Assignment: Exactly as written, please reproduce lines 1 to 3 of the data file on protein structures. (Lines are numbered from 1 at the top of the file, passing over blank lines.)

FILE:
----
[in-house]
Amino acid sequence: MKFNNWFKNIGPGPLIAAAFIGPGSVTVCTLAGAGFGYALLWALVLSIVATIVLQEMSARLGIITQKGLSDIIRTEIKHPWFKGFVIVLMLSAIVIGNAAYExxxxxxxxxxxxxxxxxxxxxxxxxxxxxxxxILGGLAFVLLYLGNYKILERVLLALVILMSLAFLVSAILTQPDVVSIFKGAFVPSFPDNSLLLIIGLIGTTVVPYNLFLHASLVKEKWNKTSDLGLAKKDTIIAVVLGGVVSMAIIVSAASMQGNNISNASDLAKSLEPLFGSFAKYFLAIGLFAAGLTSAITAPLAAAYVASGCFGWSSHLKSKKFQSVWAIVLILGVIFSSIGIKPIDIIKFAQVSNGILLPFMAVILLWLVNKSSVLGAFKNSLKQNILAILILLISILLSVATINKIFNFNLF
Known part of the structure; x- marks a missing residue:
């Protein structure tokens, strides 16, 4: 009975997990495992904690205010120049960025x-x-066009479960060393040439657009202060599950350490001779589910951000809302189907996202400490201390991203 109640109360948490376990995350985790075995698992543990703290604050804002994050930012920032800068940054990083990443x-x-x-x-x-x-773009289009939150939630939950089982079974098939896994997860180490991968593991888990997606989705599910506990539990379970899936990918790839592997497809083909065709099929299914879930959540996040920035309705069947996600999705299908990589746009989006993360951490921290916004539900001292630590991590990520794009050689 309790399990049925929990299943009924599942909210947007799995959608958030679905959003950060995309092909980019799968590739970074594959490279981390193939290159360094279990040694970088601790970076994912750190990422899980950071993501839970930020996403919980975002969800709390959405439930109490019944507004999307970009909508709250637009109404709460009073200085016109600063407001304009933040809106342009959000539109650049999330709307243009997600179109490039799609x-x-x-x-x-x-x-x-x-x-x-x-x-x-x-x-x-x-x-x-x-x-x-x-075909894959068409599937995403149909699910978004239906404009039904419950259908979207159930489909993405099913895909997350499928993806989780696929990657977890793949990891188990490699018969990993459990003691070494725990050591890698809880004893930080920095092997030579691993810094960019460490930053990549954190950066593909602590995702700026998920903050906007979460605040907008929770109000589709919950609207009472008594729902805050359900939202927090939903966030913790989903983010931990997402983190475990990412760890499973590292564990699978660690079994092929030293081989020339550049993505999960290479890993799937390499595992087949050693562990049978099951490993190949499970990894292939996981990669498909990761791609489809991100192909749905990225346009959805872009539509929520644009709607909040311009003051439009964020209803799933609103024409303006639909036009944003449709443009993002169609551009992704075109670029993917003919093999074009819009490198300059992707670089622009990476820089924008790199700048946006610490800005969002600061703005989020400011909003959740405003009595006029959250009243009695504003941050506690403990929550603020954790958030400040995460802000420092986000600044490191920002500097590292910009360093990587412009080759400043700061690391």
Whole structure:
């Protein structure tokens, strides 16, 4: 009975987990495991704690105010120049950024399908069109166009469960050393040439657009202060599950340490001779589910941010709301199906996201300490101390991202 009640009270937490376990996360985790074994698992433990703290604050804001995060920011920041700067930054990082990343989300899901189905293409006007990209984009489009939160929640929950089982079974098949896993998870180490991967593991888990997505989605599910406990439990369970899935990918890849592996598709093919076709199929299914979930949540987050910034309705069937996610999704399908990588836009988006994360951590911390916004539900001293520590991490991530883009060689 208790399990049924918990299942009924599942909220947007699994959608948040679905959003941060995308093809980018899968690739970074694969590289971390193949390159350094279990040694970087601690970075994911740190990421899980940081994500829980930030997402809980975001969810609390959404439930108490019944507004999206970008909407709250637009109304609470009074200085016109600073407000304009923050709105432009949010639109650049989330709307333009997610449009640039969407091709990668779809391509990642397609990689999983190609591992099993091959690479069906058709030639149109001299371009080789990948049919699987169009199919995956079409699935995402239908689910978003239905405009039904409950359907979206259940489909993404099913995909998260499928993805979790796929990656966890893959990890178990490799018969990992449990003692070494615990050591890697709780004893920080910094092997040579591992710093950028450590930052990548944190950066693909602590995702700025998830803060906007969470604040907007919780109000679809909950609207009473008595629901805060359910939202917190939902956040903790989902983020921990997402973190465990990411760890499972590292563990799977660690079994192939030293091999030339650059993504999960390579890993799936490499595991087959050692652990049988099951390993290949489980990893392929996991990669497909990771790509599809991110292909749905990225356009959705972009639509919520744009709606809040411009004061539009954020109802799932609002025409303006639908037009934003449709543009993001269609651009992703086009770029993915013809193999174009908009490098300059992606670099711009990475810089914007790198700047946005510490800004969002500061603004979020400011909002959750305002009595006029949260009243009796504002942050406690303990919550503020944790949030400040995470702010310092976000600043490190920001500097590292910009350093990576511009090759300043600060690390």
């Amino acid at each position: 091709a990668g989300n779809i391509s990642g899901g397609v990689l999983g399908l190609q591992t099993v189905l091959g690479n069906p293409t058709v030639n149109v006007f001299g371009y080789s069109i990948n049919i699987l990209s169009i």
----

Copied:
[in-house]
Amino acid sequence: MKFNNWFKNIGPGPLIAAAFIGPGSVTVCTLAGAGFGYALLWALVLSIVATIVLQEMSARLGIITQKGLSDIIRTEIKHPWFKGFVIVLMLSAIVIGNAAYExxxxxxxxxxxxxxxxxxxxxxxxxxxxxxxxILGGLAFVLLYLGNYKILERVLLALVILMSLAFLVSAILTQPDVVSIFKGAFVPSFPDNSLLLIIGLIGTTVVPYNLFLHASLVKEKWNKTSDLGLAKKDTIIAVVLGGVVSMAIIVSAASMQGNNISNASDLAKSLEPLFGSFAKYFLAIGLFAAGLTSAITAPLAAAYVASGCFGWSSHLKSKKFQSVWAIVLILGVIFSSIGIKPIDIIKFAQVSNGILLPFMAVILLWLVNKSSVLGAFKNSLKQNILAILILLISILLSVATINKIFNFNLF
Known part of the structure; x- marks a missing residue: